American Peking Restaurant
The name is misleading to say the least. The fare here is authentic Peking: plump duck with crispy brown skin accompanied by all the trappings—plum sauce, slivers of scallions and thin pancakes. Delicious. The sizzling-plate dishes are another specialty—try the shrimp, or beef—and don’t forget a side order of dumplings, onion cakes, minced pigeon and hot-and-sour soup. This is a restaurant where the menu has been road tested over the years by tens of thousands of diners, evidenced by the well-thumbed menus. It is a particular favorite of local expatriates; reservations are essential and names are chalked up on a board near the entranceway. Upstairs is best, although the downstairs section did once have an impromptu visit by Britain’s Prince Andrew, who clearly did not make enough of an impact for the name to change to the British Peking Restaurant.
A favorite of David Tang.
“Eat at Hutong. It’s a spectacular restaurant with Hong Kong’s best view. Afterwards, go upstairs to Aqua for a drink.”
Editors’ notes: Old World China in decorative touches like Chinese silk curtains and carved antique wooden screens faces modern Hong Kong with walls of glass facing a harbor view. Expect Chinese food prepared with a light touch and no MSG.
One Harbour Road
People argue constantly about which is the finest Cantonese restaurant in town—and which place does the best dim sum. Expect to find One Harbour Road in the top five of discerning diners. The Grand Hyatt restaurant has an open-plan, near-European feel, not to mention a 180-degree view of the harbor. Specialties are stewed pigeon with lemon sauce, wok-fried lobster with garlic and chili, bean curd with egg-white scallops and wok-fried prawns with salty duck-egg yolk.
From an Indagare Insider who lives in Hong Kong: “A fabulous place to try Peking duck, this restaurant is located in the basement of the Alexandra House, across the street from the Prince’s Building and Sevva. It’s your typical glinting Chinese-style dining room, with round tables and white tablecloths. It feels very local and is a great place to take out-of-town visitors.”
Shui Hu Ju
A favorite of Louise Kou.
“At Shui Hu Ju, you’ll find simple, elegant Chinese style with mouthwatering food. It’s hard to find as it has just its name in Chinese over an ornate door. Once found, though, you will take it into your heart.”
The Grand Stage
Occupying a massive space on the second floor of the historic Western Market, this Chinese restaurant does dim sum at its most grand. The setting teeters on the verge of tacky, with chandeliers and a dance floor (they host a lot of functions here), but the dim sum is some of the city’s best, and the wait staff is friendly and tries hard to help you navigate the massive menu.
Tim Ho Wan
The world’s least-expensive Michelin -starred restaurant, Tim Ho Wan is a hole-in-the-wall and one of the city’s top spots for dim sum. The fact that it’s in deep Mong Kok (Kowloon) and that you have to line up at least 45 minutes before they open to get a table may deter some. It’s an excursion for committed foodies.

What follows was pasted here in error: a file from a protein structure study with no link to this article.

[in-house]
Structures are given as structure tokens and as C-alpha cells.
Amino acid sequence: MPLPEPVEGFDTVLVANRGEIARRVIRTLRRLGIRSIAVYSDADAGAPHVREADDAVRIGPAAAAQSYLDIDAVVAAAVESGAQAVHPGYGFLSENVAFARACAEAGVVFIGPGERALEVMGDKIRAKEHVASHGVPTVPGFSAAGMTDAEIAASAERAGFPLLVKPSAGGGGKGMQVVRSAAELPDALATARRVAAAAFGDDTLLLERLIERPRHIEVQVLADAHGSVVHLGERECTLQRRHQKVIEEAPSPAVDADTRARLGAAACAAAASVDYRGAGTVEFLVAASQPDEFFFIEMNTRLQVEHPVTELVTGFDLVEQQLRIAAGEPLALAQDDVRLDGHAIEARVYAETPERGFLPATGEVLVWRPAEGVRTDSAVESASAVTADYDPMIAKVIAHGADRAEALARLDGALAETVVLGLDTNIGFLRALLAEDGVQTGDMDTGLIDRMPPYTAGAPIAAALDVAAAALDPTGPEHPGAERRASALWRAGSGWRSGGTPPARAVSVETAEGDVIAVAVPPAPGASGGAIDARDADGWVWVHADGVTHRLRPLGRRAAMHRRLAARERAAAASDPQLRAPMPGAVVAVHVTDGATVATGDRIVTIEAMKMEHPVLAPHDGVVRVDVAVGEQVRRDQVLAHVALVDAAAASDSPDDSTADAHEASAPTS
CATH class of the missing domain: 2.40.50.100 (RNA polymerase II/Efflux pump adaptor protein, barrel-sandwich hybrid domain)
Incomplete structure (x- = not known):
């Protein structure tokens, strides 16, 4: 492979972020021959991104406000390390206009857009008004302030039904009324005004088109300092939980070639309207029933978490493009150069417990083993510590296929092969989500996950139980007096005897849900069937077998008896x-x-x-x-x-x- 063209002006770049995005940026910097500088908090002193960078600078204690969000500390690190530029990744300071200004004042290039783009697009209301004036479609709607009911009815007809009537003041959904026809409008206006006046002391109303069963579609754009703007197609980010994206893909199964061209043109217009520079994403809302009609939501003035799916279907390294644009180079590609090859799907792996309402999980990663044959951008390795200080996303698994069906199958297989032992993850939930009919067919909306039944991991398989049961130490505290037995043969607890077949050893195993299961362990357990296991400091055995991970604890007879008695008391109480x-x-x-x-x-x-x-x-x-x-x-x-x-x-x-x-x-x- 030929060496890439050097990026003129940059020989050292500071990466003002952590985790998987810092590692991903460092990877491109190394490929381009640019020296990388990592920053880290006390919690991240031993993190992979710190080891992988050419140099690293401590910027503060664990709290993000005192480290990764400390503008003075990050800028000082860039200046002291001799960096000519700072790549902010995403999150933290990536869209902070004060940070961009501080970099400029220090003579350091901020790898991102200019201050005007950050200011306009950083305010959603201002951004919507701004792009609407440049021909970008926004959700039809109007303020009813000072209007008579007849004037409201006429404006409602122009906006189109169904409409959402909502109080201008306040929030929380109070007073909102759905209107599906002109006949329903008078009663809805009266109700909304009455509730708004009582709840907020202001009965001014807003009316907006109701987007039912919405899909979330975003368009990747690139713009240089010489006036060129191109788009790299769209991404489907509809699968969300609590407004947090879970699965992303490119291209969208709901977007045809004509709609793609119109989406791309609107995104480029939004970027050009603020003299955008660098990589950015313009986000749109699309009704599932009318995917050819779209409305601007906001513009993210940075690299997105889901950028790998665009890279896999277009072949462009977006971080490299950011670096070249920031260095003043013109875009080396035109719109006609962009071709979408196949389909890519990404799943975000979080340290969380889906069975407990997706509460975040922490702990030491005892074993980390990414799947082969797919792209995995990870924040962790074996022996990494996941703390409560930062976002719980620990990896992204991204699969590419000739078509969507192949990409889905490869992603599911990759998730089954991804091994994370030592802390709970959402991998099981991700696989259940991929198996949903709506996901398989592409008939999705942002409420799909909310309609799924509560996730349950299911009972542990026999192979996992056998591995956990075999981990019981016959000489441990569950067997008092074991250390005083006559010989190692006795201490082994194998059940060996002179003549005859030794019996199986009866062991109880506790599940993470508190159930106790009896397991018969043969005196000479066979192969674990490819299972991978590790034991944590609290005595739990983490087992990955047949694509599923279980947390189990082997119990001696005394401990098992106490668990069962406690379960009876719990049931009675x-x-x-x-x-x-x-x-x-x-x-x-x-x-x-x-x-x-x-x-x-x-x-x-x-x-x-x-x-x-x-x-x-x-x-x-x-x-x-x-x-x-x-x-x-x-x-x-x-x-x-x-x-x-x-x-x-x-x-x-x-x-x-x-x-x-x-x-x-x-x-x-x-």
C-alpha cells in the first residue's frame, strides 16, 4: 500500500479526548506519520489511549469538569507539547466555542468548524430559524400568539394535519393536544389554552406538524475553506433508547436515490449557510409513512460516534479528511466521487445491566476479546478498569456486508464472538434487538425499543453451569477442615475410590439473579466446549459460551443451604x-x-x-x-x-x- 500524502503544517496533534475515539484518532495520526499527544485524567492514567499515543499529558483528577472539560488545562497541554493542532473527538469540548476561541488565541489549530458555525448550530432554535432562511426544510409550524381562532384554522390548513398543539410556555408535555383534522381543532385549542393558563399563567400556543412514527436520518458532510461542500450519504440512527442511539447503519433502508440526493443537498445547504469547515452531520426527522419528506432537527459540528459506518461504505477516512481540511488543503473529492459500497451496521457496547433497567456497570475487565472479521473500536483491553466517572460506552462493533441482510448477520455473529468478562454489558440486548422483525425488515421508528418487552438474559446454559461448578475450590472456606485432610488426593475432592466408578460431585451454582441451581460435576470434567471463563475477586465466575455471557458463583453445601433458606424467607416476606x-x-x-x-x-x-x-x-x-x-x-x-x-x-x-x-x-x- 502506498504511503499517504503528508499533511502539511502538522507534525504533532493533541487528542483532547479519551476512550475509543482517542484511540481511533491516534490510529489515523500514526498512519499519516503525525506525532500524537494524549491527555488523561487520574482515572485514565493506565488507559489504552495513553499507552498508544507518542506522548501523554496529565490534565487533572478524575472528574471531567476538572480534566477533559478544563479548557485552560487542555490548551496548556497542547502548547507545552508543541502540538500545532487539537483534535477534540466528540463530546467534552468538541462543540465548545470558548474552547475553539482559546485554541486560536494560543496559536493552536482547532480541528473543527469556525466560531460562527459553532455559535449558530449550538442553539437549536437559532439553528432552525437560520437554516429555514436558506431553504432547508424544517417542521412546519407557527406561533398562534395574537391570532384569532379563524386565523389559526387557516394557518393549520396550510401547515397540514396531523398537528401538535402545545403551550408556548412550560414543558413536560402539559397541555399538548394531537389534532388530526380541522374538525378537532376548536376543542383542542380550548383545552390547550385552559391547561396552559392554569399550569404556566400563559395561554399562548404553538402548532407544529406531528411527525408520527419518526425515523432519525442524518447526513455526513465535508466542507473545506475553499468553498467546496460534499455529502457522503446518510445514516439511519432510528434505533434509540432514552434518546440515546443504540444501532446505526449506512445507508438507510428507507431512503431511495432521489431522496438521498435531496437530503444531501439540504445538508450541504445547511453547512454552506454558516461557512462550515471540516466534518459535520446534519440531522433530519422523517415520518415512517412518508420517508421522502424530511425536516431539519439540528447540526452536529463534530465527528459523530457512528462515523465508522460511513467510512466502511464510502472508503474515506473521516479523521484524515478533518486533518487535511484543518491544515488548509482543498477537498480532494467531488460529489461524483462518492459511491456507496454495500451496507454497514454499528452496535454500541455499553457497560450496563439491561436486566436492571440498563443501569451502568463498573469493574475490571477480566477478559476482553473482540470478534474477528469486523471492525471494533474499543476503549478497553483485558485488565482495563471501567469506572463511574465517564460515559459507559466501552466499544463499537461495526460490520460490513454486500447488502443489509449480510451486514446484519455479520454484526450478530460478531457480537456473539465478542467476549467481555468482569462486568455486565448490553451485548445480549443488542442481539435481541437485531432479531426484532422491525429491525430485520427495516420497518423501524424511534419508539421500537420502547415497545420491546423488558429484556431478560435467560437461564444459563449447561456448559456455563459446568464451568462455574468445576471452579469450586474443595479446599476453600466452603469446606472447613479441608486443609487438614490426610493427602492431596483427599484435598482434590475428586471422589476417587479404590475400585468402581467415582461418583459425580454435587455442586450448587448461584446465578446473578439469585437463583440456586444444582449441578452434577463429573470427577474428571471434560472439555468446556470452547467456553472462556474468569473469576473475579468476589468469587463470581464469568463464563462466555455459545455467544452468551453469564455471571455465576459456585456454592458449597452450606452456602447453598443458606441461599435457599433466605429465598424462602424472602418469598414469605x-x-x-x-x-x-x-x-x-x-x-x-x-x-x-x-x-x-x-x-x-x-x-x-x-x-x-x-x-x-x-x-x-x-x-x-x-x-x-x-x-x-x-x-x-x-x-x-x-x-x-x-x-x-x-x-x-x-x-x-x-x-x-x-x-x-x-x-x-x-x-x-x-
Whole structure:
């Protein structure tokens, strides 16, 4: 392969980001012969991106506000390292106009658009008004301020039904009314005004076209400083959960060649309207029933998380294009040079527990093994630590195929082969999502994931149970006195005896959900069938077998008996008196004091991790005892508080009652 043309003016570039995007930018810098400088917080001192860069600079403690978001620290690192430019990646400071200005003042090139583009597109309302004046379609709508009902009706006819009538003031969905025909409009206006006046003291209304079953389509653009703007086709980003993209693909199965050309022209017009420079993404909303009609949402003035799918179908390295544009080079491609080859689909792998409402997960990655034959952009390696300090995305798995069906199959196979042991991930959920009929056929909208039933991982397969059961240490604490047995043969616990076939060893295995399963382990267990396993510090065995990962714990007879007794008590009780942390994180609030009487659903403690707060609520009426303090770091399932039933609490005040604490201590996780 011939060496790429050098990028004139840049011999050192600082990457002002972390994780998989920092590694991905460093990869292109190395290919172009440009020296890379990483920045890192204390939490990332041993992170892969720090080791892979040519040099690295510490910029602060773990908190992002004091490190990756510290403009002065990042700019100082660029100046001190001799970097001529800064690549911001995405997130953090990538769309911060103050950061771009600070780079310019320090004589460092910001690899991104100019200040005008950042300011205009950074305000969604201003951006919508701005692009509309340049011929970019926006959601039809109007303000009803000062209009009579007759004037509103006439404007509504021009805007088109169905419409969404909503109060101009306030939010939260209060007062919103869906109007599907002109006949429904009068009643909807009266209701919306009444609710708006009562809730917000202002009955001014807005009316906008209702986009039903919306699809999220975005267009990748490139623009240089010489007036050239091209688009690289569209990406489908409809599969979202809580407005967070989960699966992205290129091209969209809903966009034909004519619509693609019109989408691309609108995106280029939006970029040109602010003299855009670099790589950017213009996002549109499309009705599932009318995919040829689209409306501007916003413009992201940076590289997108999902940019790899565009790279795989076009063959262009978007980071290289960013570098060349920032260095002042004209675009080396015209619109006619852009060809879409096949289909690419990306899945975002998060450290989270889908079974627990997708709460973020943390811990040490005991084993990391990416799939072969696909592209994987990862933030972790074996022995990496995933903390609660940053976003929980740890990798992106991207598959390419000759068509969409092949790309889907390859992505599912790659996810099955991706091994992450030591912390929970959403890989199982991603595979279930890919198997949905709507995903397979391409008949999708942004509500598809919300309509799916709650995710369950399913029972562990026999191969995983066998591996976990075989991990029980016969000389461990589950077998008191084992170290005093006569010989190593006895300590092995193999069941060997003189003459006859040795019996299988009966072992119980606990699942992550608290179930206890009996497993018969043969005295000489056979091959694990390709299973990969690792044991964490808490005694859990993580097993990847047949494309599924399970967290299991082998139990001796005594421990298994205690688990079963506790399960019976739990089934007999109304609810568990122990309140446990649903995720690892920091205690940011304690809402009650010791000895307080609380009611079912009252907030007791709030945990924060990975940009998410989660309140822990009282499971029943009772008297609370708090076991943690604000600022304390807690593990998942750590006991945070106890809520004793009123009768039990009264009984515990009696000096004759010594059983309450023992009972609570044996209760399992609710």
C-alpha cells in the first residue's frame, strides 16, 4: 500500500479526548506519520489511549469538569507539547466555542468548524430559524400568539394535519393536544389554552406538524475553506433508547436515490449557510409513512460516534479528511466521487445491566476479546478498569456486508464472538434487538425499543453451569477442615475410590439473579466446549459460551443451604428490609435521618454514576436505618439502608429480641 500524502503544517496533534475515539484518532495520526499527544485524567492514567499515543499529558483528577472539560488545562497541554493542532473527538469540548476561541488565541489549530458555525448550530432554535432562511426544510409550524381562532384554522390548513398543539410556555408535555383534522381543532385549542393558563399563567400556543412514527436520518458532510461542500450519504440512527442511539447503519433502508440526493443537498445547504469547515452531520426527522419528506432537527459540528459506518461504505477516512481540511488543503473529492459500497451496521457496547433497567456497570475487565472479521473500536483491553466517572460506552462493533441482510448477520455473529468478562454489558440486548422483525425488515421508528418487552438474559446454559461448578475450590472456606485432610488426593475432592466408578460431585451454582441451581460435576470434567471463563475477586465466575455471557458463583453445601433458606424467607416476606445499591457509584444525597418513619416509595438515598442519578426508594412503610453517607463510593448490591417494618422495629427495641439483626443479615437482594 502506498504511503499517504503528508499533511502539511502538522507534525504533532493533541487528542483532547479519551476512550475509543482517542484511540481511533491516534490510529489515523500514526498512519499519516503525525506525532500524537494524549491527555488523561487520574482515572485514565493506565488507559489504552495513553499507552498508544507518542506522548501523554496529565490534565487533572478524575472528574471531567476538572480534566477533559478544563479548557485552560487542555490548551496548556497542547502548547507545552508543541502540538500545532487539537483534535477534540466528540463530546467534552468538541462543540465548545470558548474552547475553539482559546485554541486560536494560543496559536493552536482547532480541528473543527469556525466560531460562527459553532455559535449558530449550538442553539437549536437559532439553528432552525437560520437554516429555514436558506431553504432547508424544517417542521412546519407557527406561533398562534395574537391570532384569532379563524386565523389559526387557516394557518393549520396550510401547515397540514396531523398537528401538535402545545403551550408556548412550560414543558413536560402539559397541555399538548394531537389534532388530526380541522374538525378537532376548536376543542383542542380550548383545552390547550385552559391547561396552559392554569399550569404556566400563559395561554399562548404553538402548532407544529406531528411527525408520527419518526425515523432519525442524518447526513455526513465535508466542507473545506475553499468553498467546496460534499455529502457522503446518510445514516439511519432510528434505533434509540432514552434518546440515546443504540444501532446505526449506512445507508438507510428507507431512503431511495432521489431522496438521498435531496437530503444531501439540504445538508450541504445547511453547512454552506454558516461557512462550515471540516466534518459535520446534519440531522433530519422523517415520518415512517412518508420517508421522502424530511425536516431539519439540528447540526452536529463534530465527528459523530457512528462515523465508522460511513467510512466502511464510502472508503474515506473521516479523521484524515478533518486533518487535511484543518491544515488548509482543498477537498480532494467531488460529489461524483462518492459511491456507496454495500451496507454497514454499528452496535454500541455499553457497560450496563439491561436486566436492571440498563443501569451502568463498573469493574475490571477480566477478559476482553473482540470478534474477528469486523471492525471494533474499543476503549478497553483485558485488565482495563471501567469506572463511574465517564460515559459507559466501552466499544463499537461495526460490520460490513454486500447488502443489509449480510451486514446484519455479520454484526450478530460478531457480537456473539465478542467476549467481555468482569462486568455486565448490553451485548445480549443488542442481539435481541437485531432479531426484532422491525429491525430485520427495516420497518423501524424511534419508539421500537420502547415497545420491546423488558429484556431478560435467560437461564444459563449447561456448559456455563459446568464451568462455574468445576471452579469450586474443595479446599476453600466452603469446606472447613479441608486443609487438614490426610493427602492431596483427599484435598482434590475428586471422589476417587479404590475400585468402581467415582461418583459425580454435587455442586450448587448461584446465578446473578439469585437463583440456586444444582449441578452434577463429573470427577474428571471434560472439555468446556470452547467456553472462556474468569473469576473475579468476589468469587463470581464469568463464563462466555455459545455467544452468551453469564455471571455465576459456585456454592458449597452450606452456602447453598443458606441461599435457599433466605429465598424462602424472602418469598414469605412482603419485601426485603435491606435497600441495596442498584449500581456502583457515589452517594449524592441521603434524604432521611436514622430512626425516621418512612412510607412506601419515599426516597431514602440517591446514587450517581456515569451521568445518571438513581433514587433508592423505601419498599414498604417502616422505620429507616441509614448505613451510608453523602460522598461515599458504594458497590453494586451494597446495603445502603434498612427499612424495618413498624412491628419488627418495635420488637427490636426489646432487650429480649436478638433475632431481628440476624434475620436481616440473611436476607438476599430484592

Tung Po Sea Food Restaurant
Picture a huge fish market, its floors tiled, that is lit by bright, unromantic halogen and filled with large round tables that have little shelves underneath for diners to store their purses and bags (the floors are usually still wet from the day’s fish-selling activities). Now add to that large groups of rowdy Hong Kong locals, waitresses dressed in cheerleading outfits and an impresario-maitre d’ who occasionally moonwalks to Michael Jackson and you have the jovial ambience of this dai pai dong, known locally only as the Cooked Food Center. And surprisingly the food is excellent, especially the ultra-fresh seafood dishes, like salt-and-pepper shrimp and stir-fried prawns. For foodies who want to be part of a real local, and somewhat hidden, dining scene (you take an escalator up to the second floor of a nondescript building in North point), the Cooked Food Center is not to be missed.
Under the Bridge Spicy Crab
This place has four locations, all in Wanchai, and all are fabulous for trying the city’s famous chili crab. Expect a messy, fun meal, and if you are going on a Wednesday evening, head to the Happy Valley horse racing afterwards. It’s just a short taxi ride away.
Victoria Harbour Seafood
Delicious dim sum is served in this restaurant, which overlooks the harbor. There’s nothing charming about the dining room (large round tables, fluorescent lighting), but the food lures crowds, especially during lunch, so come early or reserve.
This hole-in-the-wall on busy Wellington Road serves incredible Beijing dumplings (and not much else). Folded into paper-thin dough, the little parcels are stuffed with a variety of vegetarian and meat options and topped with black vinegar. You can order small sides (bok choi, bowls of flavorful broth etc), but this little spot is really the place to come for your dumpling fix. Don’t expect to linger over a meal (not that you would want to, seeing as you’re sitting on rickety tables in an unadorned room). There’s always a long line of locals waiting to get a quick lunch here.